LW: Ah, that makes perfect sense. Thanks, Michael. Now for another open question—let’s hear from everyone on this! Your “hospitality rider” (and by the way, those are excellently well organized tech and hospitality riders) notes that you like micro-brews. What would be your top favorite micro-brew at the moment?
David: Ha! Well, I’m particularly partial to the stout that is micro-micro brewed by one of our long-time friends/fans, David Hamrick. He produces some amazing stuff. Generally, I think I speak for most of the band in saying that we like beer that is rich and flavorful. A quick way into Cathy’s good graces is to show up with Chocolate Stout, while I personally love a rich amber ale or porter.
Craig: I’m a hop-hound and a big fan of IPA’s. Best IPA in my book is from a craft brewery in Bellingham, Washington (my home town) called Boundary Bay Brewery. It’s bitter and hoppy with just the right malt balance. I’m also a home-brewer and have developed a reputation for being something of a beer snob, a badge which I wear with pride. Then again, at a recent show in North Carolina it was just REALLY hot and a light pilsner went down well in the summer heat. Lager and lime is also quite refreshing when things heat up, but I always go back to a frosty IPA.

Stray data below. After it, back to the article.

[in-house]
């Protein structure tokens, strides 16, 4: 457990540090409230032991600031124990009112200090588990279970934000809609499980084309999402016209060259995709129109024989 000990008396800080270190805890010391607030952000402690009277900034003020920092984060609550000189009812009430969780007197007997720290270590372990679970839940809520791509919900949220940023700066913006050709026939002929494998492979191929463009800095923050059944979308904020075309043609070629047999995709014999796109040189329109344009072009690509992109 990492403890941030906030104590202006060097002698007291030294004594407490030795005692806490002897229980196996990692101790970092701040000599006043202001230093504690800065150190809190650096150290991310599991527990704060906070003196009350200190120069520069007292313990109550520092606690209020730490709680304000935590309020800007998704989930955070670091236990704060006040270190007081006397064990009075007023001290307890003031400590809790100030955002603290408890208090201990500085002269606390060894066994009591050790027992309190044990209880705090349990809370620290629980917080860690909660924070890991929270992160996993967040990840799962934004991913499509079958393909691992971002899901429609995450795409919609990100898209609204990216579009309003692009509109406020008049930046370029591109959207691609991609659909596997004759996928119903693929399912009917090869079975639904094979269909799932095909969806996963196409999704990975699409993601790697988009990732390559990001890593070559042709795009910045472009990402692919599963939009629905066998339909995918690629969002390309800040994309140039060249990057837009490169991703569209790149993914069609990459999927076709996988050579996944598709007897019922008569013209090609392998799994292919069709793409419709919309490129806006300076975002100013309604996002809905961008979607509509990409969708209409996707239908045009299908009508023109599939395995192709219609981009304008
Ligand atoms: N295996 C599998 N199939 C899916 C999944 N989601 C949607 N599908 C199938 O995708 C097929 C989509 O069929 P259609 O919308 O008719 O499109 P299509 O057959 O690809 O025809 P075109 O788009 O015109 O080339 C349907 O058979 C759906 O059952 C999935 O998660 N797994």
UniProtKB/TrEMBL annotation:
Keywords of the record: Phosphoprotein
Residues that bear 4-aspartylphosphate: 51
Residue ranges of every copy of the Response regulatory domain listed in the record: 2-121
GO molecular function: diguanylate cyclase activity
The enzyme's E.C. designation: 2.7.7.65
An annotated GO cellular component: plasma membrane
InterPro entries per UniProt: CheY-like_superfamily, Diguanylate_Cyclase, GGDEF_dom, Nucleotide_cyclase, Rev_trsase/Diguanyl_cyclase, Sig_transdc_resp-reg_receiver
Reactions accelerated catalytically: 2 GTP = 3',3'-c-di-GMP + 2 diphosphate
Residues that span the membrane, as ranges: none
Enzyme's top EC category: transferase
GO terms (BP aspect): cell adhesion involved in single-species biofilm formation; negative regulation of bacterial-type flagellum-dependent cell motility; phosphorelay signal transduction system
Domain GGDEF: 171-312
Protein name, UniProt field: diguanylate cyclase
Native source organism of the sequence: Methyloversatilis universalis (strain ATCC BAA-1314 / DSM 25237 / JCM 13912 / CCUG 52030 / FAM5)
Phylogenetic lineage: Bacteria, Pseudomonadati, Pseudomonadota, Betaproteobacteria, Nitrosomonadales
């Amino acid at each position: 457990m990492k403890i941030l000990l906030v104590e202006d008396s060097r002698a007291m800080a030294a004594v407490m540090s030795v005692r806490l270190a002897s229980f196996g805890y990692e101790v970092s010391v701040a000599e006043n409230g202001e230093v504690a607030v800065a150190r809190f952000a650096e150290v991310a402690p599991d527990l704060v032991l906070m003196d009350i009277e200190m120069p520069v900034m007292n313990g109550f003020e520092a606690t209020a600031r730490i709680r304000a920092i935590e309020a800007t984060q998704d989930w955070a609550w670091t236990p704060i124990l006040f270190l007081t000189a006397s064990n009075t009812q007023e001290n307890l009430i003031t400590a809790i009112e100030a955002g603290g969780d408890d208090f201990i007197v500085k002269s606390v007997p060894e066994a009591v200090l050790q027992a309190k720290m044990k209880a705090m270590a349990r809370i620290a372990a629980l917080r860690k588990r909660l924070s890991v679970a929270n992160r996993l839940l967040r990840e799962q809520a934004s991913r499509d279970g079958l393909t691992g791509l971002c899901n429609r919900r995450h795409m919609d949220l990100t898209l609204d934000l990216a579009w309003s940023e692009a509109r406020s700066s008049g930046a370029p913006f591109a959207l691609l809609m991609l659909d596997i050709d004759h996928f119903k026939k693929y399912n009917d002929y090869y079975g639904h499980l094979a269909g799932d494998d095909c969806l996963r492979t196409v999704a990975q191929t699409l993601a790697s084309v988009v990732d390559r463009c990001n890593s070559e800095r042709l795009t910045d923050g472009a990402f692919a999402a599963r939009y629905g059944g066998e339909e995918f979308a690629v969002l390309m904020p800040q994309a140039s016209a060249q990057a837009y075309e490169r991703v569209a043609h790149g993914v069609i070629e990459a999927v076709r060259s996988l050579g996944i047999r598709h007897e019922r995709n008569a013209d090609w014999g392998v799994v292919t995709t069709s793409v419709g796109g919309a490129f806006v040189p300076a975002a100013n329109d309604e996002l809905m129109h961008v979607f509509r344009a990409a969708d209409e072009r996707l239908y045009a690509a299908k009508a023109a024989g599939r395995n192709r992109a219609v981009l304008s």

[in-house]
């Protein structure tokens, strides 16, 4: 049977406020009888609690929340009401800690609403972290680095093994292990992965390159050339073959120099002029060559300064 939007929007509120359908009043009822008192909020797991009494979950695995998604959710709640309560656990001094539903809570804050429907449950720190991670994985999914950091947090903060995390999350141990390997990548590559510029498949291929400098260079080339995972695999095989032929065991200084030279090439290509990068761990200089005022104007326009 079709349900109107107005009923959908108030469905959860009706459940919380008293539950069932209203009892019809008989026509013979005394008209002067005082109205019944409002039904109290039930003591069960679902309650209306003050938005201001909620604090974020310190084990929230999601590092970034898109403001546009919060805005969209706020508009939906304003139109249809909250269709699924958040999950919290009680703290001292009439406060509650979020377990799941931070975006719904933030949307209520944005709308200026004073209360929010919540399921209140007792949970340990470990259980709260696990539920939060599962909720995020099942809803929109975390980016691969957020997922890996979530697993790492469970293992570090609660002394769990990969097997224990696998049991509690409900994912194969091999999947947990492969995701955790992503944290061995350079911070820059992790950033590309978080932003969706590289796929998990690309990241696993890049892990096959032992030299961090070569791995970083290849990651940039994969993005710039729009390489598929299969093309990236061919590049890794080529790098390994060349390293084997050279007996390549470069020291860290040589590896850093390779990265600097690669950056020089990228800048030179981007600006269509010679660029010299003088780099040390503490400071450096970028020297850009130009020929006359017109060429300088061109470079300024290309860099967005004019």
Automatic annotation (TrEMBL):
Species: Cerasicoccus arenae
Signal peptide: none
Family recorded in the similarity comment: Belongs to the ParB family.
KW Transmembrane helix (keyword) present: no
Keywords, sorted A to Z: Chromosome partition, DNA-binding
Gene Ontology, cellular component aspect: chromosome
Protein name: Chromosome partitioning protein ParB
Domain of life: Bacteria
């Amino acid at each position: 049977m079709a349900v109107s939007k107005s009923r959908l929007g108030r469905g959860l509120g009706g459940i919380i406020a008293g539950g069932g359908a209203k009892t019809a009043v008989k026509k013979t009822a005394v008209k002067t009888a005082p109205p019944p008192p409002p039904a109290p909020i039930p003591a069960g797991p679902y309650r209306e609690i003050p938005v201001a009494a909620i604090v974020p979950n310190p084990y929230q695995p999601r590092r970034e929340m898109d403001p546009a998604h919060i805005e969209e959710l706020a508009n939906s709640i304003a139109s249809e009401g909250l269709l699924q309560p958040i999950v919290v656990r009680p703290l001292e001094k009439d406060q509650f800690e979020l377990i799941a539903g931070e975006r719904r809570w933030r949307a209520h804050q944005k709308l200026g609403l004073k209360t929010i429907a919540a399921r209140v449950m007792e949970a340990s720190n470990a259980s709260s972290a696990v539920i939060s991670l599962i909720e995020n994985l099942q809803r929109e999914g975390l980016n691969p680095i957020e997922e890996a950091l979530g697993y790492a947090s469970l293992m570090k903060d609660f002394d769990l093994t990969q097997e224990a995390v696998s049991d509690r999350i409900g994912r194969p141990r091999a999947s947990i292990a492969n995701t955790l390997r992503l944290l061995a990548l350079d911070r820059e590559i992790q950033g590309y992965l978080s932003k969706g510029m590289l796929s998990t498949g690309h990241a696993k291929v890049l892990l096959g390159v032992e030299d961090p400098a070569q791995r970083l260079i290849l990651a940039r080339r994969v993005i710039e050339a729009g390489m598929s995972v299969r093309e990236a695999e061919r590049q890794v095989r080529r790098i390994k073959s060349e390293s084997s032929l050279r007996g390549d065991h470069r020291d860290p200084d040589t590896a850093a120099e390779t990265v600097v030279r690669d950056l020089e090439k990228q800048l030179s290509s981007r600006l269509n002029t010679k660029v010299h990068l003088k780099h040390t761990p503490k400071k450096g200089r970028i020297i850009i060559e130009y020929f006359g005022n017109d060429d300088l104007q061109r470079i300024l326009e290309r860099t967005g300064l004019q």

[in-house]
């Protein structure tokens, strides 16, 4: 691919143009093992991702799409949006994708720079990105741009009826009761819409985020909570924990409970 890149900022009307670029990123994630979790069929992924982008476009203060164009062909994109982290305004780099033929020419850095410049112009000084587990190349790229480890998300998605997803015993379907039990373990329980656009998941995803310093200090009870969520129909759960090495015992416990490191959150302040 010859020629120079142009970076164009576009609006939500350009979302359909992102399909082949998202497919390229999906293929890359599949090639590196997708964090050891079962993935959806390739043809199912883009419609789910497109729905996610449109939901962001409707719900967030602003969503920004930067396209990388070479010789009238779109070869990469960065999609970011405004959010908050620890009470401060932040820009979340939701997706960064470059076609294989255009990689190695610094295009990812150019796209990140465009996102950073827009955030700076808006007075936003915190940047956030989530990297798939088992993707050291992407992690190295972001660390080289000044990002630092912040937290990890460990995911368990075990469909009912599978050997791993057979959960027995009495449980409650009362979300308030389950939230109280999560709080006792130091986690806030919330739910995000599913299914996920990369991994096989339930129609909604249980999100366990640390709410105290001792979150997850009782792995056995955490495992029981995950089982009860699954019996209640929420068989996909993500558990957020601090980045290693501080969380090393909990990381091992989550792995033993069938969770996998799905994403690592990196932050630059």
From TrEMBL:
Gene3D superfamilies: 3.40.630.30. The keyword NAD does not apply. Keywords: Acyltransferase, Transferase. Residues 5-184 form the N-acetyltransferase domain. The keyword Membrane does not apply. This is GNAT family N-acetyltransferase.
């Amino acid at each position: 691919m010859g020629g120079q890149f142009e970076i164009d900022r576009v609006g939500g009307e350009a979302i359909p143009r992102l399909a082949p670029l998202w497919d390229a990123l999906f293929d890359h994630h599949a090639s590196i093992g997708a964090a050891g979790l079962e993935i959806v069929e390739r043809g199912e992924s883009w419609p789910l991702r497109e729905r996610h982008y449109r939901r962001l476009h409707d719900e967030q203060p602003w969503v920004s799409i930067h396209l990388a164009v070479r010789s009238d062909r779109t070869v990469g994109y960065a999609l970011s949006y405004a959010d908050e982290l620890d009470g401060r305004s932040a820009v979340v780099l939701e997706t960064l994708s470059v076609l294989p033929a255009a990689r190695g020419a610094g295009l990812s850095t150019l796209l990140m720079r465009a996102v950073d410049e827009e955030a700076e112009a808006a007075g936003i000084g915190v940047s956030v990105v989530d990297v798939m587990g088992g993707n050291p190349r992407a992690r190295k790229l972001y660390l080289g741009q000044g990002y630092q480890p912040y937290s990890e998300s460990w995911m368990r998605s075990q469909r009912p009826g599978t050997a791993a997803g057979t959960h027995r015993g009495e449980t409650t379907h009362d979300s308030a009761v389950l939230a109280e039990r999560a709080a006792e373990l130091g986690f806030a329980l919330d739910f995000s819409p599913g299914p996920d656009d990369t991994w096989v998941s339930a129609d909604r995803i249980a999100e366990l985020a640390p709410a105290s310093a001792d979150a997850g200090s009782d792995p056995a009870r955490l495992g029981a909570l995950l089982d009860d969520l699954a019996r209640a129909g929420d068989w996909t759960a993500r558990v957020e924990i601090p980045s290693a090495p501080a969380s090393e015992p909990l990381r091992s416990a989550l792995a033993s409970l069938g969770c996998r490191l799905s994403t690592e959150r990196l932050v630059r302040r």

LW: I will certainly keep that list in mi—errrr, that is, thanks for sharing those recommendations with us! *ahem* Back to you, David, for the wrap up—Coyote Run recently celebrated its ten year anniversary with an impressive Retrospective album. Where do you see Coyote Run being in another ten years? Do you have any concrete plans? (World domination, perhaps?)
David: Coyote Run is in the midst of a major change. Six years ago, we made the decision that we were not a pub band and would not continue to play in that world. That disappointed some fans who had gotten to know us there and were hoping to continue seeing us in those venues. But it was demoralizing and not at all financially or artistically rewarding. During the past six years, we’ve focused on festivals, music clubs and concert halls. Now we’re shifting once more and focusing more directly on Performing Arts Centers and Fine Arts Concert Series, etc. We have taken on new management that we believe will move us more aggressively in this direction. These are elite venues with subscribers, and they provide us with a more theatrical venue that will allow us to really reach for the stars visually and aurally.